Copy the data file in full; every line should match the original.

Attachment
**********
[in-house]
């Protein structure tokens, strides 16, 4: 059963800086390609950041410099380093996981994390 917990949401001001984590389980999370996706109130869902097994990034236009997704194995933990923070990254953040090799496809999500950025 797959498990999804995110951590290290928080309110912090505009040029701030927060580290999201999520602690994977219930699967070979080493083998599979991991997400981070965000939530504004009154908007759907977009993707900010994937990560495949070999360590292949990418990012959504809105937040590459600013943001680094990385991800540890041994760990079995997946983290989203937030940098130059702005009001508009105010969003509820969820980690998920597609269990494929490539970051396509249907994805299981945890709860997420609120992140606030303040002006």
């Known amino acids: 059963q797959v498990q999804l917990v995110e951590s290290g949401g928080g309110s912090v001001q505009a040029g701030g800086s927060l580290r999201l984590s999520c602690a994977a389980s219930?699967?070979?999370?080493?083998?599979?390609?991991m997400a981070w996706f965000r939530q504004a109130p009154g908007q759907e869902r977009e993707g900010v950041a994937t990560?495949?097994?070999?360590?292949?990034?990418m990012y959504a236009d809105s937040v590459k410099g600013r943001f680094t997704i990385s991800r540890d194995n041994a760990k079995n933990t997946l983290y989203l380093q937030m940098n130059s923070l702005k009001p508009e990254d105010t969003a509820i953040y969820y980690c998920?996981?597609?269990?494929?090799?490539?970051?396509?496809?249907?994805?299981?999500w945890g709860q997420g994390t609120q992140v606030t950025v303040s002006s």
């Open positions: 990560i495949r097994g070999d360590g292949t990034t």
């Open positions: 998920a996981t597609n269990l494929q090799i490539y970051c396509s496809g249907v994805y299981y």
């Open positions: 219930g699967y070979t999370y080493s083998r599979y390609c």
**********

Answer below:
[in-house]
């Protein structure tokens, strides 16, 4: 059963800086390609950041410099380093996981994390 917990949401001001984590389980999370996706109130869902097994990034236009997704194995933990923070990254953040090799496809999500950025 797959498990999804995110951590290290928080309110912090505009040029701030927060580290999201999520602690994977219930699967070979080493083998599979991991997400981070965000939530504004009154908007759907977009993707900010994937990560495949070999360590292949990418990012959504809105937040590459600013943001680094990385991800540890041994760990079995997946983290989203937030940098130059702005009001508009105010969003509820969820980690998920597609269990494929490539970051396509249907994805299981945890709860997420609120992140606030303040002006």
């Known amino acids: 059963q797959v498990q999804l917990v995110e951590s290290g949401g928080g309110s912090v001001q505009a040029g701030g800086s927060l580290r999201l984590s999520c602690a994977a389980s219930?699967?070979?999370?080493?083998?599979?390609?991991m997400a981070w996706f965000r939530q504004a109130p009154g908007q759907e869902r977009e993707g900010v950041a994937t990560?495949?097994?070999?360590?292949?990034?990418m990012y959504a236009d809105s937040v590459k410099g600013r943001f680094t997704i990385s991800r540890d194995n041994a760990k079995n933990t997946l983290y989203l380093q937030m940098n130059s923070l702005k009001p508009e990254d105010t969003a509820i953040y969820y980690c998920?996981?597609?269990?494929?090799?490539?970051?396509?496809?249907?994805?299981?999500w945890g709860q997420g994390t609120q992140v606030t950025v303040s002006s």
């Open positions: 990560i495949r097994g070999d360590g292949t990034t």
């Open positions: 998920a996981t597609n269990l494929q090799i490539y970051c396509s496809g249907v994805y299981y």
């Open positions: 219930g699967y070979t999370y080493s083998r599979y390609c």